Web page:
Thursday, 12 July 2012

lamb's lettuce (aka corn salad, mache, rapunzel, etc.)...
and a simple stir-fry

an easy lamb's lettuce stir-fry.

Apologies for my long-winded post title, but you would be hard-pressed to find another vegetable suffering from a similarly severe case of identity crisis, and I wanted to cover at least some of its many interesting monikers. Here are the names we use to refer to the pleasantly placid vegetable I'm introducing today, according to Wikipedia:

Corn salad, Lewiston cornsalad, lamb's lettuce, lamb's tongue, fetticus, field salad, mâche, feldsalat, nut lettuce and rapunzel.

I bought it at a vegetable stall at the market where it was labelled as "corn salad", which had me imagining them to be young corn sprouts. But no, apparently this little vegetable used to be harvested from corn fields before the days of commercial cultivation, and that's where it got its name. I've taken a liking to the name "lamb's lettuce", though, because this was charmingly derived from its resemblance to a lamb's tongue, and also because it is purportedly a lamb's favourite food. So from here onwards I'll be referring to it as lamb's lettuce.

lamb's lettuce, aka corn salad, lamb's tongue, fetticus, field salad, mâche, feldsalat, nut lettuce, rapunzel.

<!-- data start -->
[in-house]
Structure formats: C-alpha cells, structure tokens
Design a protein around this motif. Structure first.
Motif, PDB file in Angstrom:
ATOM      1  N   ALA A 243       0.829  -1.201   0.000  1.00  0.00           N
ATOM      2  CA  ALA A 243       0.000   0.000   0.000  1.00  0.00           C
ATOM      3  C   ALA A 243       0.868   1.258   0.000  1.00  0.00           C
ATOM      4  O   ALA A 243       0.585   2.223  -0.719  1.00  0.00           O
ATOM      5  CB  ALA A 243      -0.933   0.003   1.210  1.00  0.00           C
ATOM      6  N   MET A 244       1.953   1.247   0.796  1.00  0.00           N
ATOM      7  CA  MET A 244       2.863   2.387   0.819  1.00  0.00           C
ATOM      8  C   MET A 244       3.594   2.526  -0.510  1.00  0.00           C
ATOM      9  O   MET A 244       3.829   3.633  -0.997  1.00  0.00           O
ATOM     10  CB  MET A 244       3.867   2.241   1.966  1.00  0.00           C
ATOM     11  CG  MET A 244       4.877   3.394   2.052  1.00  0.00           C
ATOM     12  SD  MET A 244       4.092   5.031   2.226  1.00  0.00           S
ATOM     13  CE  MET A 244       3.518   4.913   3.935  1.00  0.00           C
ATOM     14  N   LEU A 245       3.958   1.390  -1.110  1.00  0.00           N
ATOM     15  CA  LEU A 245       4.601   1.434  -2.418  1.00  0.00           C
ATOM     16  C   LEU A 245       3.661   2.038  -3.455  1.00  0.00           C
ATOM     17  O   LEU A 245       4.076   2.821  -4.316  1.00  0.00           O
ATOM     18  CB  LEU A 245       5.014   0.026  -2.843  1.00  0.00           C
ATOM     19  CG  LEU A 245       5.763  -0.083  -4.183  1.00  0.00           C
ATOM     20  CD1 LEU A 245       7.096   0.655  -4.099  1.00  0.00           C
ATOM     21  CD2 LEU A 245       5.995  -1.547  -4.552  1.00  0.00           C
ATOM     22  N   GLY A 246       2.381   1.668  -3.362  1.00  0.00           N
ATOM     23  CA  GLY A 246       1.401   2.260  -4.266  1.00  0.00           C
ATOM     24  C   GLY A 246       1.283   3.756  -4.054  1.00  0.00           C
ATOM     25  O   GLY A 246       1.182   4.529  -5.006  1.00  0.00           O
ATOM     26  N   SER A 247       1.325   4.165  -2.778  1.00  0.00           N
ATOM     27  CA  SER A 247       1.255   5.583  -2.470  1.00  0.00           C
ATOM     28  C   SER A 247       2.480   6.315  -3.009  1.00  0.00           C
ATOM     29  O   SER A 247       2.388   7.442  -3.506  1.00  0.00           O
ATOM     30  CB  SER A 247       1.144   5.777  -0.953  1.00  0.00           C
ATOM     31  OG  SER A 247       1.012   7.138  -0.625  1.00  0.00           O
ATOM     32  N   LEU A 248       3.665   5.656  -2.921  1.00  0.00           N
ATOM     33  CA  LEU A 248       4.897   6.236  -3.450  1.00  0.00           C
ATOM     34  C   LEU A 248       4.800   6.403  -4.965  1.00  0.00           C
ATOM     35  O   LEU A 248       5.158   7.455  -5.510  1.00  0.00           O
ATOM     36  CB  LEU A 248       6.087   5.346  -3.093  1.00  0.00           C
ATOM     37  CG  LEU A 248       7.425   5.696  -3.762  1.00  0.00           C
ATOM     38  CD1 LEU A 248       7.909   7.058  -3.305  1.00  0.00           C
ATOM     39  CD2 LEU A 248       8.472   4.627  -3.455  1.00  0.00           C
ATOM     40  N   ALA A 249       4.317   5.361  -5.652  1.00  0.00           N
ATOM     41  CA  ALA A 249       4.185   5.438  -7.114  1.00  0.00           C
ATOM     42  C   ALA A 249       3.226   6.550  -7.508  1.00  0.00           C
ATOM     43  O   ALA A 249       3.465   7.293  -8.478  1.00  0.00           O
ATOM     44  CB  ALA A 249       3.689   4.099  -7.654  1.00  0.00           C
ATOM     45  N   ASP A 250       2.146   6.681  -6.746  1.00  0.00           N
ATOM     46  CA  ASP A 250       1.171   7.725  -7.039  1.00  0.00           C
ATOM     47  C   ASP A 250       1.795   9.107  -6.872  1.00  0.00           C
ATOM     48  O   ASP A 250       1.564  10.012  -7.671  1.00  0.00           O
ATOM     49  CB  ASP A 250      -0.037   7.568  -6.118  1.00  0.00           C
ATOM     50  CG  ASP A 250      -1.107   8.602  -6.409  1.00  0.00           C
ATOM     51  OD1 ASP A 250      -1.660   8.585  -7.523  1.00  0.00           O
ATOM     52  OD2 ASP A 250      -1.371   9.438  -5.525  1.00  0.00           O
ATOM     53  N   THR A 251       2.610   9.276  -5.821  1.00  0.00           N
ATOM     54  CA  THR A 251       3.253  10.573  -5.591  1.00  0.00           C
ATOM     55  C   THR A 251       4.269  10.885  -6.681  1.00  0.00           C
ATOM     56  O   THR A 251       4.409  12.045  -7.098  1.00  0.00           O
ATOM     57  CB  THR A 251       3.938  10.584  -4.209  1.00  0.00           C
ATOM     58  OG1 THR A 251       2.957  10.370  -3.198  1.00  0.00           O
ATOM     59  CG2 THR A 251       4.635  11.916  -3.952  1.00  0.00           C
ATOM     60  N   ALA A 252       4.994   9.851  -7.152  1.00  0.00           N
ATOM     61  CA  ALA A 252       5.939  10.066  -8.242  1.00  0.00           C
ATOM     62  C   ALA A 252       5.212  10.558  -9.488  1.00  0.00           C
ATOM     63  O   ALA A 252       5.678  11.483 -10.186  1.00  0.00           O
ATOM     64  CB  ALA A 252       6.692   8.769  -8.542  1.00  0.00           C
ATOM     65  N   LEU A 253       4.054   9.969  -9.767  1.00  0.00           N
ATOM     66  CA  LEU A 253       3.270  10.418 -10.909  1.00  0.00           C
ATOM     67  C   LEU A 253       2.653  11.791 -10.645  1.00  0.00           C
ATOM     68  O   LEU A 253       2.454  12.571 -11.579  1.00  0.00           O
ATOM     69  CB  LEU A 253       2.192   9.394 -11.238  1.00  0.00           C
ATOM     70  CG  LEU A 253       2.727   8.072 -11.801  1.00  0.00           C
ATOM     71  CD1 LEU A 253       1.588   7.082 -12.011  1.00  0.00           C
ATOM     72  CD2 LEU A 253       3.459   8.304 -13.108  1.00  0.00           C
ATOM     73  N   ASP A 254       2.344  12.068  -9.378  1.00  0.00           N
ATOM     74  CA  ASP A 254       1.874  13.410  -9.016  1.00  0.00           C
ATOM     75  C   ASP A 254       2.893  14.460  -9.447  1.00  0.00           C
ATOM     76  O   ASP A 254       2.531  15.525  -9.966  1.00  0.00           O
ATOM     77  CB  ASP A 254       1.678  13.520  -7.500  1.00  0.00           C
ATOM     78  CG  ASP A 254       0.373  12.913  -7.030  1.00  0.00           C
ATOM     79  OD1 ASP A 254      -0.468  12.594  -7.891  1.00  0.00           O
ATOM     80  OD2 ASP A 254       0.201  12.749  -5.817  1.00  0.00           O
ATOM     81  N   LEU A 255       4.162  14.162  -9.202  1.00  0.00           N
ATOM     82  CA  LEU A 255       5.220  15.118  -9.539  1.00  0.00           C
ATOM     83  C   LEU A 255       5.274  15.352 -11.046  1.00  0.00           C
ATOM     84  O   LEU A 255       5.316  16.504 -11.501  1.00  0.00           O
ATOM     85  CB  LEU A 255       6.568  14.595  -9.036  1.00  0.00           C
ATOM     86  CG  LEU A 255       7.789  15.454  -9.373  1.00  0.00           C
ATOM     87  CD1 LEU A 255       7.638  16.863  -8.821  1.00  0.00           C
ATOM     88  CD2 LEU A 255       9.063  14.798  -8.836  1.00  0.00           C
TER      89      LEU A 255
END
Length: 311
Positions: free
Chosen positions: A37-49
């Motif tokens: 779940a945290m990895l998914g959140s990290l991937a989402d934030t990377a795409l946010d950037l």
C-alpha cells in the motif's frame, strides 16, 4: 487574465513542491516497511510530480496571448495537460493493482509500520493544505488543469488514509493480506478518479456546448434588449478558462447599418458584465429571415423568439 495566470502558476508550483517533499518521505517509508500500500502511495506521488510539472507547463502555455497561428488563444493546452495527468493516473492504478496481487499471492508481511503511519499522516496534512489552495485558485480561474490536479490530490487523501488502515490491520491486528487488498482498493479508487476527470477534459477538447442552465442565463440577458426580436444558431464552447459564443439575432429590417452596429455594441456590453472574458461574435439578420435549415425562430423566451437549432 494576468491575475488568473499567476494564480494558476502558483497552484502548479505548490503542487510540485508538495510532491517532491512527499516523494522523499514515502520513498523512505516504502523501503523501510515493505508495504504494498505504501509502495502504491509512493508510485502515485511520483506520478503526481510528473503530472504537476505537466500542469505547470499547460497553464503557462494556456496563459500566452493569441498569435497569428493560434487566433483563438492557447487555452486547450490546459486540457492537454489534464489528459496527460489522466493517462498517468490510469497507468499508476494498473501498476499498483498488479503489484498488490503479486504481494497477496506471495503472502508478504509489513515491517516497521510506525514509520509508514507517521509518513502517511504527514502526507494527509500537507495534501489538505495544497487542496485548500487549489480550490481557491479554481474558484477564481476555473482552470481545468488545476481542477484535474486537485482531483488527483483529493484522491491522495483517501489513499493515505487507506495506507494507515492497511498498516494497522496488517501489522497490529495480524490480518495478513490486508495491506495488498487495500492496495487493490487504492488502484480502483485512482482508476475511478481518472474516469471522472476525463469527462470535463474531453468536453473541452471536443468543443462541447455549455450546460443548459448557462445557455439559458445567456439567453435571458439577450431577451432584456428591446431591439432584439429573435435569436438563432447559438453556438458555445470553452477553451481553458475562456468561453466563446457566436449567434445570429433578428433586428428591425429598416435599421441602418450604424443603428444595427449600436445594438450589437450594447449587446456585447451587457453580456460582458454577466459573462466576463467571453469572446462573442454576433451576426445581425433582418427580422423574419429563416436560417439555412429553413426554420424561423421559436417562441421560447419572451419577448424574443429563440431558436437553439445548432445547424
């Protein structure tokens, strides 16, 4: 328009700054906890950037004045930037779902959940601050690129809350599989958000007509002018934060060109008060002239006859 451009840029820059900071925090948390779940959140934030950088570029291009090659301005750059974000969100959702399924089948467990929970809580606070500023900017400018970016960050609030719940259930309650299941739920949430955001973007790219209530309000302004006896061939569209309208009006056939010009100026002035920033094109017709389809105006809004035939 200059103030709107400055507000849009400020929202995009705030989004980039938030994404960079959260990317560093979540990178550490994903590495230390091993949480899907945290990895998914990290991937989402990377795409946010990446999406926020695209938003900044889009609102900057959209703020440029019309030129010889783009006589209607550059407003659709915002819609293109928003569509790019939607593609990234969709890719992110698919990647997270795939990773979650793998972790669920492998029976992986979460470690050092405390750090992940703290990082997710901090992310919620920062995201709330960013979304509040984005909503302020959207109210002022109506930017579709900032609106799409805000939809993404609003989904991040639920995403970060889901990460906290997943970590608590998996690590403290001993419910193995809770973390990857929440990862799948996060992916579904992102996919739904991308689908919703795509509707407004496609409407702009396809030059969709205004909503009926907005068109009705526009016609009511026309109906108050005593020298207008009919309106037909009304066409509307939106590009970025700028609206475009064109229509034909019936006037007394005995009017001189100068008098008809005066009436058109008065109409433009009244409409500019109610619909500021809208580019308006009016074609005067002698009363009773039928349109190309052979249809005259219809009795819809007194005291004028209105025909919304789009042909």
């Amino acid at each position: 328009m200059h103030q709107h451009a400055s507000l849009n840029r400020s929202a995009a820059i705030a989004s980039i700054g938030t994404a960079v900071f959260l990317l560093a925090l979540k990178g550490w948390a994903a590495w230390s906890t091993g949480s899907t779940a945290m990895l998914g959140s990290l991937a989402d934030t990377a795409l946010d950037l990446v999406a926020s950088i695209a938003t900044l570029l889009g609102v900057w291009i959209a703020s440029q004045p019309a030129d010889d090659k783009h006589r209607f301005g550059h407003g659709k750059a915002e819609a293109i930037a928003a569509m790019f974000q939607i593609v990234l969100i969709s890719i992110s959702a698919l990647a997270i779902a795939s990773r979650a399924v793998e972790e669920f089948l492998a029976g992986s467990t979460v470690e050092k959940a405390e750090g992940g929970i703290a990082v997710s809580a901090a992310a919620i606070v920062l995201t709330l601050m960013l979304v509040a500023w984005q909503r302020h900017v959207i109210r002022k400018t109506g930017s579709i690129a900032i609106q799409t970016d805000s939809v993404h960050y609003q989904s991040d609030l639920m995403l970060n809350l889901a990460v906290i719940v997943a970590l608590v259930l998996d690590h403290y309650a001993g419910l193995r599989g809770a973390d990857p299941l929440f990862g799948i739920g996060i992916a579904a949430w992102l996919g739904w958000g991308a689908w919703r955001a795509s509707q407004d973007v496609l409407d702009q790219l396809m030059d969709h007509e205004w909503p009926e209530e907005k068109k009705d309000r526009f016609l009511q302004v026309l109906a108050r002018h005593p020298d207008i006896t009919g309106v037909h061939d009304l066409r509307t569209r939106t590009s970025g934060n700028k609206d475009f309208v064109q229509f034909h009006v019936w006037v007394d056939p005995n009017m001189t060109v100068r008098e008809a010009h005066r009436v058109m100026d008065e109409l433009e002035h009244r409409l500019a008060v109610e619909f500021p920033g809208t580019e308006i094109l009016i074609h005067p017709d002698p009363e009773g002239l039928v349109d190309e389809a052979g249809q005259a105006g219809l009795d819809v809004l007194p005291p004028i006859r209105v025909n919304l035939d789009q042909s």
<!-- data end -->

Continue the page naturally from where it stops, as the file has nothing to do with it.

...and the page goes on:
To me, lamb's lettuce tastes like a marriage of butter lettuce and baby spinach. It's quite mild when raw, and features often in salads, but I personally think that cooking actually brings out more of the sweetness of the vegetable, even if they do shrink a lot in the heat. Lamb's lettuce cooks fast, too, so you can add it into a soup right at the end, and when stir-fried, as I have done, you shouldn't need more than 20 seconds, and perhaps even less, depending on whether you want to retain a little bit of crunch or if you prefer them completely tender.

So keep an eye out for this little vegetable next time you're at the markets. Or jostle with some lambs for a share when you're next strolling through a corn field.

chilli-garlic lamb's lettuce stir-fry
(yields one very petite side serve)

50g (2oz) lamb's lettuce